When my dog died, we had been living in San Francisco a city that boasts more pets than children, where pet-friendly restaurants are more the norm than the exception and water bowls dot the front doorway of many businesses.
So, I was in luck, my SPCA not only had a Pet Loss Group, but it was also staffed by a psychiatrist specializing in pet loss.
The SPCA is next door to a massive no-kill shelter. So, the night of the group I was a little lost but finally found my way around to a classroom where the group was to meet. It was a cramped little kid classroom with little kid chairs and little kid art on the wall.
Despite being lost, I was first to arrive and when the next two people came in, we did not say hi or anything. Because I looked at them and they looked at me and we didn’t have anything in common. I thought good there are only three of us. I’ll have a lot of time to tell them about how Chance wasn’t just a gift to me, but he was a gift to the whole world.
But they just kept coming. A woman in her late 90’s and two college kids which is weird. They looked too cool for this. Within a few minutes, all shapes all sizes, and all colors of people arrived. To look at this group without any context would leave you totally perplexed as to what would have brought us together, and therein lies one of the things we loved most about our animals. They did not care how old or young or rich or poor or black or brown or white we are.
In this ragtag makeshift circle of big adults in little chairs, I counted 19 grievers, 2 graduate students, and the therapist moderator. The moderator asked us to go around the circle and talk about our pets. When 1 hour and 13 minutes had gone by, it was my turn, I was number 19 and we were 13 minutes past when the meeting was supposed to end. So, I said I don’t need to go. But they said go.
The stories I had heard were as varied as the pets being mourned. One person said their pet Bosco died and get this; Bosco was a lizard. I thought you have got to be kidding. But as it turned out, Bosco had provided love and companionship and his lifespan had been too short just like all the cats and dogs.
The other thread that wove nearly all the stories together was the person regretting what they did or did not do, blaming themselves for not noticing something sooner or leaving the gate lock or second-guessing their decision to put their pet down. The stories all started with a version of my pet was amazing and quickly devolved into what-ifs and I should haves.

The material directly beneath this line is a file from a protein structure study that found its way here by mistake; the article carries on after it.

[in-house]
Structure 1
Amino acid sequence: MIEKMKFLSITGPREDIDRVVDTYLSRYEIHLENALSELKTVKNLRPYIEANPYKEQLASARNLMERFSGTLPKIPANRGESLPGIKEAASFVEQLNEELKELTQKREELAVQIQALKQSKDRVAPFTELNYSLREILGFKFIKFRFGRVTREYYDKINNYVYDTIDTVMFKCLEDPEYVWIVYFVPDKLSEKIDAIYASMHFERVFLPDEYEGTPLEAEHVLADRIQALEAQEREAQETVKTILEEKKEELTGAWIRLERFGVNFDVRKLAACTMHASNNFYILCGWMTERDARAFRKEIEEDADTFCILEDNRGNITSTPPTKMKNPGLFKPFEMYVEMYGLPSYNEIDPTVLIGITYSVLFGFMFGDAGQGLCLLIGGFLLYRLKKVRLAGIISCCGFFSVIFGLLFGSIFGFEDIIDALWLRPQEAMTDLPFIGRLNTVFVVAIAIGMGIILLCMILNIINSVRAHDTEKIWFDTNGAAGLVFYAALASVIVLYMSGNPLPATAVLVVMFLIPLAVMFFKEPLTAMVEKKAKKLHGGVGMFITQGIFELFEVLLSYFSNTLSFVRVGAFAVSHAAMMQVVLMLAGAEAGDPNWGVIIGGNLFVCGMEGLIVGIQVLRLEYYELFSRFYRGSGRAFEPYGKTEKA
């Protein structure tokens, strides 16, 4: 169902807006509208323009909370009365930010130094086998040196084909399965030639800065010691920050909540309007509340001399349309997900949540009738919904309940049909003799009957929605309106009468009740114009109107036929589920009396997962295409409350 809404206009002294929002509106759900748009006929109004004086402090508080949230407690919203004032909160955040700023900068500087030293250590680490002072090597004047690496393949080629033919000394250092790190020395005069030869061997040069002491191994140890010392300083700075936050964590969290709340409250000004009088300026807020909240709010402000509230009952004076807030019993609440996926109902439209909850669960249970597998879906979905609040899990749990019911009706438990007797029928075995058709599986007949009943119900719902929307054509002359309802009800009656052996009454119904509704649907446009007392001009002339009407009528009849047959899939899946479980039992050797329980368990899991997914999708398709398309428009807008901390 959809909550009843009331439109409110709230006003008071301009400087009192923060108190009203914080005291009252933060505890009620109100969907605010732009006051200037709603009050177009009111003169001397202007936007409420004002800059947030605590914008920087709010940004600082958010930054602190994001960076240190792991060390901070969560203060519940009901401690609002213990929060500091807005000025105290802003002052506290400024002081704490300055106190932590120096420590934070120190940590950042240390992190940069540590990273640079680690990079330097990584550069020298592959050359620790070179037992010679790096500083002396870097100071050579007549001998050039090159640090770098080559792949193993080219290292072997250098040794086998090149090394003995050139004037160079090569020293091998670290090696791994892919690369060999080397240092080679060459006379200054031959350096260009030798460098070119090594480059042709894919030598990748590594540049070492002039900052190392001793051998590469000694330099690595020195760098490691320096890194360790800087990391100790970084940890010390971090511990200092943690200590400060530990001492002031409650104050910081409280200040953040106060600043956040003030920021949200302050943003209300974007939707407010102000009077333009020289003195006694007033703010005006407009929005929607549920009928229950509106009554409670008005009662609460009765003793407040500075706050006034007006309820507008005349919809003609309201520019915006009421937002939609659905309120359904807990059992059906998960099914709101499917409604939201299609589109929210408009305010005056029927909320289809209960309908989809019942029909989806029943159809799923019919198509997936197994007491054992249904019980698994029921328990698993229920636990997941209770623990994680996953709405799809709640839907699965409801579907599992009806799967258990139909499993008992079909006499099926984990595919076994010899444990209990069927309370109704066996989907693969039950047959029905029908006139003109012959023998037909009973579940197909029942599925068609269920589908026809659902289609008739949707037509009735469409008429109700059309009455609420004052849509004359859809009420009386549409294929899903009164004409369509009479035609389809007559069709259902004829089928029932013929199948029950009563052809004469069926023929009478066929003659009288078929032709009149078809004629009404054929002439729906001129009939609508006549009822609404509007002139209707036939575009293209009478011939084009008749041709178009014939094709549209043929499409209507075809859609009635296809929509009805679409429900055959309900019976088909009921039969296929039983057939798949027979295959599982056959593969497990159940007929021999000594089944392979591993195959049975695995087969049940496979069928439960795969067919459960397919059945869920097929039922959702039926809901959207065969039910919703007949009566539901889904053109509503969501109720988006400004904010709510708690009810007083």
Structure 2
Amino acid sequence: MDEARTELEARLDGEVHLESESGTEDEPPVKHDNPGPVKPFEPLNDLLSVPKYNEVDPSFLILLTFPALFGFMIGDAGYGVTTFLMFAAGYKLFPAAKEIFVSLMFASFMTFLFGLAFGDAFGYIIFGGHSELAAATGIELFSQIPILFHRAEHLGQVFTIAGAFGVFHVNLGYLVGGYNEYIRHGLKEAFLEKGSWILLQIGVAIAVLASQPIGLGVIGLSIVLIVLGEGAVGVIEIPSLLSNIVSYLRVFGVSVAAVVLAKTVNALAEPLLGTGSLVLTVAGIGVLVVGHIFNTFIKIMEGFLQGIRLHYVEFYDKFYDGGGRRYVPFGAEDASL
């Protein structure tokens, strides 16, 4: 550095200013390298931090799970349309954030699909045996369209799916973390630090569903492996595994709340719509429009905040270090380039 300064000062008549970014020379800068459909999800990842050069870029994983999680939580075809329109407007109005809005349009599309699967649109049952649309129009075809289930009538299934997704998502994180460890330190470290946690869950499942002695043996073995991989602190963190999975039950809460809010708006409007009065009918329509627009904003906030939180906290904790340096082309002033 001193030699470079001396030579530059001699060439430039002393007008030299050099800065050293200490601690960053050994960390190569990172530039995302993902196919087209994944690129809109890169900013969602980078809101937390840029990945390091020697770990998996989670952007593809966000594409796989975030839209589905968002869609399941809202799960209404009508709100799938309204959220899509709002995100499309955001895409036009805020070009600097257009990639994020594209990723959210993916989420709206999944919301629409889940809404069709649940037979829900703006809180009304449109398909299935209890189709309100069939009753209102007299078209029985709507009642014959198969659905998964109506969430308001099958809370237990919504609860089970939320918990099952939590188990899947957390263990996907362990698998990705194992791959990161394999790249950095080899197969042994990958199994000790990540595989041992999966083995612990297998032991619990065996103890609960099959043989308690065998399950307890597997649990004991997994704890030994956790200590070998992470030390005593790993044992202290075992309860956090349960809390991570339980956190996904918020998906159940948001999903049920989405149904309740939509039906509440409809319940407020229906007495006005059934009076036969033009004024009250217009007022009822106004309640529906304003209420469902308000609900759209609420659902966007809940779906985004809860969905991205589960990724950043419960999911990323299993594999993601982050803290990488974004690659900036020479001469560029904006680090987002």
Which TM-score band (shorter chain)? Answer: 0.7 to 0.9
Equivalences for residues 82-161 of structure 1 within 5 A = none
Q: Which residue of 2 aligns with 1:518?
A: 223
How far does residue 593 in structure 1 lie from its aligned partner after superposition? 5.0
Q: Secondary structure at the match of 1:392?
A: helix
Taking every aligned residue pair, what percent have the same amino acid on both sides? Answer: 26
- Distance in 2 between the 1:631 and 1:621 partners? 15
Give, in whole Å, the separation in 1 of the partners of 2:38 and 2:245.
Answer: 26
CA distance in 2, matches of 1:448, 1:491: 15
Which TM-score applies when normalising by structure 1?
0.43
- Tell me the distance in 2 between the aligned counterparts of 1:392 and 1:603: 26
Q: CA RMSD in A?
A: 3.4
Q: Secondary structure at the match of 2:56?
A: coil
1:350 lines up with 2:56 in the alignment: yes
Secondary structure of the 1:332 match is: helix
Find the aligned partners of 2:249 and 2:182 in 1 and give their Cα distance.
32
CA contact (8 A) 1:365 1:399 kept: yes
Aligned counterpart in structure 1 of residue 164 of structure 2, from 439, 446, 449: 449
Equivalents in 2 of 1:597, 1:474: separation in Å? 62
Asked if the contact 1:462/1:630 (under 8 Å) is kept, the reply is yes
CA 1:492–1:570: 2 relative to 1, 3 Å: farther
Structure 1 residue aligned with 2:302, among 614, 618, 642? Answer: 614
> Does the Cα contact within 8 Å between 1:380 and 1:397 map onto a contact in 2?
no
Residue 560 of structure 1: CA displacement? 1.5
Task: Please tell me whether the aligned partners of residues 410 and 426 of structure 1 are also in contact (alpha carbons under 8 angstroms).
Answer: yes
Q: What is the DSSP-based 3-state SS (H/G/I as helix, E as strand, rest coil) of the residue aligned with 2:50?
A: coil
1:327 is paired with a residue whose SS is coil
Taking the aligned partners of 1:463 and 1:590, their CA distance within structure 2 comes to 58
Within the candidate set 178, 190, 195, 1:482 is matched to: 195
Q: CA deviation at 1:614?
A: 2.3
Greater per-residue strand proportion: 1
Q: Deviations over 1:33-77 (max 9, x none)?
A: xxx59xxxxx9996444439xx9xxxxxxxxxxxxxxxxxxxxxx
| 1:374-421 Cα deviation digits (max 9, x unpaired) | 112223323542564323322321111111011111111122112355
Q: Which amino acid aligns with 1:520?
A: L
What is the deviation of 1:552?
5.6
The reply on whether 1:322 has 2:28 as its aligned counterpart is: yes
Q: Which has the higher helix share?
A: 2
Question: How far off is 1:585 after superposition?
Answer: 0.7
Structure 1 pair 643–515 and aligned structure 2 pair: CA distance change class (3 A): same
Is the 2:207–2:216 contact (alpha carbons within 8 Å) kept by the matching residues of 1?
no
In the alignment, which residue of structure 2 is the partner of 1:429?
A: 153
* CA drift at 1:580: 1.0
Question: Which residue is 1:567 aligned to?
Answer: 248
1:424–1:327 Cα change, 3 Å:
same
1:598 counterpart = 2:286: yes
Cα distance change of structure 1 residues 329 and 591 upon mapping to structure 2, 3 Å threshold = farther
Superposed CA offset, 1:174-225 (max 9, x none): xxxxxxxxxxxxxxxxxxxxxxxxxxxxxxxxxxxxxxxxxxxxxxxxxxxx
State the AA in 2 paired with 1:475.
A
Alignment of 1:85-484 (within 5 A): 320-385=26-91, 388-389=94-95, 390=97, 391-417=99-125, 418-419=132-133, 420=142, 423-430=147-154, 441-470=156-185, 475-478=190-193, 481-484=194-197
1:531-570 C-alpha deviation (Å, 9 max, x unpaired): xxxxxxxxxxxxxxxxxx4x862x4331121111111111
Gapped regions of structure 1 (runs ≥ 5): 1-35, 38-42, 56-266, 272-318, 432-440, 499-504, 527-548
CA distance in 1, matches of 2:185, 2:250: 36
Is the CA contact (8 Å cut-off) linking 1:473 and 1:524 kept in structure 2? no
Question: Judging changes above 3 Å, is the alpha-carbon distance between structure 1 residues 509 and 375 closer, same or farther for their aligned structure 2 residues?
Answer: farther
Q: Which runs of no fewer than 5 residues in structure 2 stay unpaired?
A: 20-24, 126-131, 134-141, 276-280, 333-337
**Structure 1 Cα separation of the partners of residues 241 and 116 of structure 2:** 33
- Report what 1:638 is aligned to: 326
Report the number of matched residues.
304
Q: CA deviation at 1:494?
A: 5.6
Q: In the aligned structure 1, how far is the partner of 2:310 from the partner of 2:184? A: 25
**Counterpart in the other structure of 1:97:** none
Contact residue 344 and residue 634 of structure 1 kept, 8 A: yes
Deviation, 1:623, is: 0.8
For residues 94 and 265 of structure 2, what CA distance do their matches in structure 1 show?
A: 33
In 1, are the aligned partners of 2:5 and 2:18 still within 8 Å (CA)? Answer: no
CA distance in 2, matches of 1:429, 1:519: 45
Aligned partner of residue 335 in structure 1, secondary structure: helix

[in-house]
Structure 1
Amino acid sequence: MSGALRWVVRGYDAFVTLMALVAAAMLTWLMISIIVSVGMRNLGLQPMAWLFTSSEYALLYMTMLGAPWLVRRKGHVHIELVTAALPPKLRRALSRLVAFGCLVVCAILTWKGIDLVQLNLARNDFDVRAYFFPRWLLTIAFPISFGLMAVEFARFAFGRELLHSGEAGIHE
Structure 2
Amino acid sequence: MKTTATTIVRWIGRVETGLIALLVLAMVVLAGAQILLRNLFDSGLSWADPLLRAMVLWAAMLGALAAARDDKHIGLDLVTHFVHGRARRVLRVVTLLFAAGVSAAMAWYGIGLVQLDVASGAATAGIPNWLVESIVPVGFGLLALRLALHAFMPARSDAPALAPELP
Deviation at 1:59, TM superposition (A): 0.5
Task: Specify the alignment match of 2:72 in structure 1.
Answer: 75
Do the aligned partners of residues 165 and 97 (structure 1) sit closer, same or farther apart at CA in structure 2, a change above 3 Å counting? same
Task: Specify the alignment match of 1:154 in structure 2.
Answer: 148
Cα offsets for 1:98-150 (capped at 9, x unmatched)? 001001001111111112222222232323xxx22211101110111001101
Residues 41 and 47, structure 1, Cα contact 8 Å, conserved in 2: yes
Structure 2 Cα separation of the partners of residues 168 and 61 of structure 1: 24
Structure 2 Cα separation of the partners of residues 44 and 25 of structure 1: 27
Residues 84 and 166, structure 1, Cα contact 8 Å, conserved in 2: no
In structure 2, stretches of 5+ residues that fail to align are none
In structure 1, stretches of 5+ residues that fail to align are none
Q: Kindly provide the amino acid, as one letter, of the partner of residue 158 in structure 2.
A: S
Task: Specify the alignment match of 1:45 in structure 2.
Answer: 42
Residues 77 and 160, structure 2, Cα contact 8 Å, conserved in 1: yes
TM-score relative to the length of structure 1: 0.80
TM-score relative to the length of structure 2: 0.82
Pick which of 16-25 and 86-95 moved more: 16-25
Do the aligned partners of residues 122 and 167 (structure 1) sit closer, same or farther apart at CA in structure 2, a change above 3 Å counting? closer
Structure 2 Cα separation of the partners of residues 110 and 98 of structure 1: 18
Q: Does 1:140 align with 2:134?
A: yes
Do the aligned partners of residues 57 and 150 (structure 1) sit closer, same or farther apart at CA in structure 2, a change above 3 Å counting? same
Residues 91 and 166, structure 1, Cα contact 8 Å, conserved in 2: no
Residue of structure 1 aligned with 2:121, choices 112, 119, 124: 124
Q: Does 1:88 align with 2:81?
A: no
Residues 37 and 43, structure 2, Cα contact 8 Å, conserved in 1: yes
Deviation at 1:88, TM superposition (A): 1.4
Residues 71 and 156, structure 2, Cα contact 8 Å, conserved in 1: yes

I knew that if I told them how great Chance was and how I torture myself about not taking him to the vet when I first noticed the lump, but that wouldn’t make a bit of difference to assuage my guilt or alleviate their suffering.
So, instead, I said, my dog’s name was Chance, and I was and am devastated by his death. But rather than tell you about his greatness, I will show you. Close your eyes. Just for a moment, I promise. Think about your pet, the part where you told us about how brave or funny, they were. How Bosco sat on your shoulder while you two watched Netflix and how Loki was not supposed to be on the bed and how that rule did not even last one night.
Would this incredible light want you to punish yourselves with what-ifs or regrets? No. The answer is no. Honor them by tapping into the joy that you shared. Open your eyes.
Weeks later, I still could not get that pet loss group experience out of my head. People need support and love during this difficult time. The group I went to only meets once a month. If someone’s pet died the day after this group met, they would have to wait a whole month to attend.
I wondered what other support exists and I was amazed to find that Pet Loss support is not common, hotlines are even rarer.
So, I am rounding-up resources your pet would want you to have and for now, I am calling it BlossDog.